• >
  • > "Now we shall try a new way. You and I will read these pleasant littl_marchen_  together, and dig no more in that dry book, that goes in the corne_or making us trouble."
  • >
  • > He spoke so kindly, and opened Hans Andersons's fairy tales so invitingl_efore me, that I was more ashamed than ever, and went at my lesson in a neck- or-nothing style that seemed to amuse him immensely. I forgot my bashfulness, and pegged away (no other word will express it) with all my might, tumblin_ver long words, pronouncing according to inspiration of the minute, and doin_y very best. When I finished reading my first page, and stopped for breath, he clapped his hands and cried out in his hearty way, "Das ist gut! Now we g_ell! My turn. I do him in German, gif me your ear." And away he went, rumbling out the words with his strong voice and a relish which was good t_ee as well as hear. Fortunately the story was  _The Constant Tin Soldier_ , which is droll, you know, so I could laugh, and I did, though I didn'_nderstand half he read, for I couldn't help it, he was so earnest, I s_xcited, and the whole thing so comical.
  • >
  • > After that we got on better, and now I read my lessons pretty well, for thi_ay of studying suits me, and I can see that the grammar gets tucked into th_ales and poetry as one gives pills in jelly. I like it very much, and h_oesn't seem tired of it yet, which is very good of him, isn't it? I mean t_ive him something on Christmas, for I dare not offer money. Tell me somethin_ice, Marmee.
  • >
  • > I'm glad Laurie seems so happy and busy, that he has given up smoking an_ets his hair grow. You see Beth manages him better than I did. I'm no_ealous, dear, do your best, only don't make a saint of him. I'm afraid _ouldn't like him without a spice of human naughtiness. Read him bits of m_etters. I haven't time to write much, and that will do just as well. Than_eaven Beth continues so comfortable.
  • >
  • > JANUARY
  • >
  • > A Happy New Year to you all, my dearest family, which of course includes Mr.
  • L. and a young man by the name of Teddy. I can't tell you how much I enjoye_our Christmas bundle, for I didn't get it till night and had given up hoping.
  • Your letter came in the morning, but you said nothing about a parcel, meanin_t for a surprise, so I was disappointed, for I'd had a 'kind of feeling' tha_ou wouldn't forget me. I felt a little low in my mind as I sat up in my roo_fter tea, and when the big, muddy, battered-looking bundle was brought to me, I just hugged it and pranced. It was so homey and refreshing that I sat dow_n the floor and read and looked and ate and laughed and cried, in my usua_bsurd way. The things were just what I wanted, and all the better for bein_ade instead of bought. Beth's new 'ink bib' was capital, and Hannah's box o_ard gingerbread will be a treasure. I'll be sure and wear the nice flannel_ou sent, Marmee, and read carefully the books Father has marked. Thank yo_ll, heaps and heaps!
  • >
  • > Speaking of books reminds me that I'm getting rich in that line, for on Ne_ear's Day Mr. Bhaer gave me a fine Shakespeare. It is one he values much, an_'ve often admired it, set up in the place of honor with his German Bible, Plato, Homer, and Milton, so you may imagine how I felt when he brought i_own, without its cover, and showed me my own name in it, "from my frien_riedrich Bhaer".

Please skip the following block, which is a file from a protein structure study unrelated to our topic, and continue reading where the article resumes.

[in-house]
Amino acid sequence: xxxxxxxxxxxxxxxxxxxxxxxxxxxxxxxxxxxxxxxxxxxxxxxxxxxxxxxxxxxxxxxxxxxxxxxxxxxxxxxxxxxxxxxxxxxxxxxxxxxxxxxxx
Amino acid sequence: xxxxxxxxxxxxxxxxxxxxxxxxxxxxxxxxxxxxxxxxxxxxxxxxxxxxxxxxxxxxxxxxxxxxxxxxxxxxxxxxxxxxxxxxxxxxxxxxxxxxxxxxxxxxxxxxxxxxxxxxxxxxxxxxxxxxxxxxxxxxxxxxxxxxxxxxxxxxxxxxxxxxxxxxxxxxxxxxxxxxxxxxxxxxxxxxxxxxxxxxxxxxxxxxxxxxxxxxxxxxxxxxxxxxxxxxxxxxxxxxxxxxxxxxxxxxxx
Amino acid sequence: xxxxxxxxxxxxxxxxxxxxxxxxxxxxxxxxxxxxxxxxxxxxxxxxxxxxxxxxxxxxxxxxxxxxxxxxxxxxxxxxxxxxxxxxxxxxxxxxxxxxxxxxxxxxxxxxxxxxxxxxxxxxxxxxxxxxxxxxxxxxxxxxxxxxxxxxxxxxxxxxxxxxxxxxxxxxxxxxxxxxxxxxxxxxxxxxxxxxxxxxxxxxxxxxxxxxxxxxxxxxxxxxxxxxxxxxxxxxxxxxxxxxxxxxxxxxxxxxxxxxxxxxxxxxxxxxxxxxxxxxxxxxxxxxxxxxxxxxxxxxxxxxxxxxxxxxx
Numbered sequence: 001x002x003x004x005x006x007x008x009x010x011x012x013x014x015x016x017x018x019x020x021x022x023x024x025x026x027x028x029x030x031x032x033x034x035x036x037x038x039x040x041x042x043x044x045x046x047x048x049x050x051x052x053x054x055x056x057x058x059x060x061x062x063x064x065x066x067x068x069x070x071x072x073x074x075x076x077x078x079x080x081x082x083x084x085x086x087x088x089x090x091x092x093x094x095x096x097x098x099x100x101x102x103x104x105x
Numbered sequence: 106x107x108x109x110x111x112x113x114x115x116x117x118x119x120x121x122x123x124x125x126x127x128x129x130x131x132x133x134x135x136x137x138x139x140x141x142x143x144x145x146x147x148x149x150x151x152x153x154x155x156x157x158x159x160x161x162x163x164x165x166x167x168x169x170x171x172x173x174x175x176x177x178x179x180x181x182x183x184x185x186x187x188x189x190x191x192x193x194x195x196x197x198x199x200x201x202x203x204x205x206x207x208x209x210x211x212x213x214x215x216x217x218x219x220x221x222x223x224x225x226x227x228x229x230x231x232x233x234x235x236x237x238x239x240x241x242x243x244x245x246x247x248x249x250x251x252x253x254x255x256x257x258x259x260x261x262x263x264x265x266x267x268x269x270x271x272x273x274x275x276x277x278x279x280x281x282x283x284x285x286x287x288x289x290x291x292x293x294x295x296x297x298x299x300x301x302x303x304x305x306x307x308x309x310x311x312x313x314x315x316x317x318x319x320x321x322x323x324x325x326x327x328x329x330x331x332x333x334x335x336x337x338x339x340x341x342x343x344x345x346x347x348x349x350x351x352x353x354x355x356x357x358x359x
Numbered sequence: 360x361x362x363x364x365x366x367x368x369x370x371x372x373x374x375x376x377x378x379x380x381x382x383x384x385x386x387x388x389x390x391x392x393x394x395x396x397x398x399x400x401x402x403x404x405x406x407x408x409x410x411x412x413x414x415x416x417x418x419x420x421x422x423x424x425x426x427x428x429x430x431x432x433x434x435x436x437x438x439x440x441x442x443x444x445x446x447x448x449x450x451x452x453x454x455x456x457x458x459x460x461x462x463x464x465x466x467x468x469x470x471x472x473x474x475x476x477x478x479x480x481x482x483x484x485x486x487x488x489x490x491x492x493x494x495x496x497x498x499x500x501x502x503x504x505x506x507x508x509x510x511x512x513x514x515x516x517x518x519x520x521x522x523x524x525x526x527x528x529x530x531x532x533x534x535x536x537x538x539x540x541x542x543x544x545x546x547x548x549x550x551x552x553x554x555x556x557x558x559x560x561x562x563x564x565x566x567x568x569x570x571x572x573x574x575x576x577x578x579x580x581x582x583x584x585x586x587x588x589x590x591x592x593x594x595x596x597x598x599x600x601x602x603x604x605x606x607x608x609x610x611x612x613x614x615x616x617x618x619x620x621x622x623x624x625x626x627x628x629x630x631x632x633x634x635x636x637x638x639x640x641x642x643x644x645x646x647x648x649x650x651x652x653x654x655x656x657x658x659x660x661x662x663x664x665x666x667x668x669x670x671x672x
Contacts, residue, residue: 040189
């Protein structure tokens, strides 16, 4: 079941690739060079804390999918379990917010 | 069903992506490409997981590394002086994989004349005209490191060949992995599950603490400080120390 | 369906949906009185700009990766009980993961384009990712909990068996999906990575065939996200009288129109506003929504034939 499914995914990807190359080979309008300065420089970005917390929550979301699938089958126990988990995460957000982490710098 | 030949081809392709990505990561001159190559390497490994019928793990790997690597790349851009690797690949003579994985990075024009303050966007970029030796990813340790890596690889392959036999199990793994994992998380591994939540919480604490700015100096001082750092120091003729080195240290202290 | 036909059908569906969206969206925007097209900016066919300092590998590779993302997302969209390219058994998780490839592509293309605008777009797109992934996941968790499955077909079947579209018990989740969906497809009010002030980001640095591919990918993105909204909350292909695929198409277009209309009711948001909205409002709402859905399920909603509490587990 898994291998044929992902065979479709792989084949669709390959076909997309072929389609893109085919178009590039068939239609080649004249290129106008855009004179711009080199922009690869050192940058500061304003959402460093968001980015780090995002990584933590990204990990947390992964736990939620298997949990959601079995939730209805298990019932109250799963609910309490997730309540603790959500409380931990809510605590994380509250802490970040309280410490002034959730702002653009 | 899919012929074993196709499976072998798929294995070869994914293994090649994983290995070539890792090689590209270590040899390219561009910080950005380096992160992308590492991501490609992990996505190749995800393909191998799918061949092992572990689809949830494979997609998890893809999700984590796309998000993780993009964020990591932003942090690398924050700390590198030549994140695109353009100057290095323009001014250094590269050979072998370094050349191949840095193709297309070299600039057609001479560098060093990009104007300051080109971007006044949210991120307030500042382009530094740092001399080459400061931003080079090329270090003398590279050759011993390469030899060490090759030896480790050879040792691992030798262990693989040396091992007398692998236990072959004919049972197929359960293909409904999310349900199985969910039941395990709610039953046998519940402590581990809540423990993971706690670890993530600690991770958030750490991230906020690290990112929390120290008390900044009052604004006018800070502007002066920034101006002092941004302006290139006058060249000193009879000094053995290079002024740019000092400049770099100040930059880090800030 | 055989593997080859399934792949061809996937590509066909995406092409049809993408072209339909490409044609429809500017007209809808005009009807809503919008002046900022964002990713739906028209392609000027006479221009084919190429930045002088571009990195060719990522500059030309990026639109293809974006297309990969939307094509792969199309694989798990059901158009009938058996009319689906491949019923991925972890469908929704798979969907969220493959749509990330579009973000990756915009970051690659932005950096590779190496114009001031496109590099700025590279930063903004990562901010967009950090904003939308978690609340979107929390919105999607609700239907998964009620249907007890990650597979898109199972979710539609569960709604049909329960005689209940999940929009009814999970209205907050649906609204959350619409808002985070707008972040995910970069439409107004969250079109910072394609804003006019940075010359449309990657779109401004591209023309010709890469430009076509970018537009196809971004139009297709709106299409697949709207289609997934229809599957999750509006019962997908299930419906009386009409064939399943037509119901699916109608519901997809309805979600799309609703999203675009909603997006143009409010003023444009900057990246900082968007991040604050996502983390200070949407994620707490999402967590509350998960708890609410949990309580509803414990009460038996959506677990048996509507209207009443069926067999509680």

• >
  • > "You say often you wish a library. Here I gif you one, for between thes_ids (he meant covers) is many books in one. Read him well, and he will hel_ou much, for the study of character in this book will help you to read it i_he world and paint it with your pen."
  • >
  • > I thanked him as well as I could, and talk now about 'my library', as if _ad a hundred books. I never knew how much there was in Shakespeare before, but then I never had a Bhaer to explain it to me. Now don't laugh at hi_orrid name. It isn't pronounced either Bear or Beer, as people will say it, but something between the two, as only Germans can give it. I'm glad you bot_ike what I tell you about him, and hope you will know him some day. Mothe_ould admire his warm heart, Father his wise head. I admire both, and fee_ich in my new 'friend Friedrich Bhaer'.
  • >
  • > Not having much money, or knowing what he'd like, I got several littl_hings, and put them about the room, where he would find them unexpectedly.
  • They were useful, pretty, or funny, a new standish on his table, a little vas_or his flower, he always has one, or a bit of green in a glass, to keep hi_resh, he says, and a holder for his blower, so that he needn't burn up wha_my calls 'mouchoirs'. I made it like those Beth invented, a big butterfl_ith a fat body, and black and yellow wings, worsted feelers, and bead eyes.
  • It took his fancy immensely, and he put it on his mantlepiece as an article o_irtue, so it was rather a failure after all. Poor as he is, he didn't forge_ servant or a child in the house, and not a soul here, from the Frenc_aundrywoman to Miss Norton forgot him. I was so glad of that.
  • >
  • > They got up a masquerade, and had a gay time New Year's Eve. I didn't mea_o go down, having no dress. But at the last minute, Mrs. Kirke remembere_ome old brocades, and Miss Norton lent me lace and feathers. So I dressed u_s Mrs. Malaprop, and sailed in with a mask on. No one knew me, for _isguised my voice, and no one dreamed of the silent, haughty Miss March (fo_hey think I am very stiff and cool, most of them, and so I am t_hippersnappers) could dance and dress, and burst out into a 'nice derangemen_f epitaphs, like an allegory on the banks of the Nile'. I enjoyed it ver_uch, and when we unmasked it was fun to see them stare at me. I heard one o_he young men tell another that he knew I'd been an actress, in fact, h_hought he remembered seeing me at one of the minor theaters. Meg will relis_hat joke. Mr. Bhaer was Nick Bottom, and Tina was Titania, a perfect littl_airy in his arms. To see them dance was 'quite a landscape', to use _eddyism.
  • >
  • > I had a very happy New Year, after all, and when I thought it over in m_oom, I felt as if I was getting on a little in spite of my many failures, fo_'m cheerful all the time now, work with a will, and take more interest i_ther people than I used to, which is satisfactory. Bless you all! Ever you_oving… Jo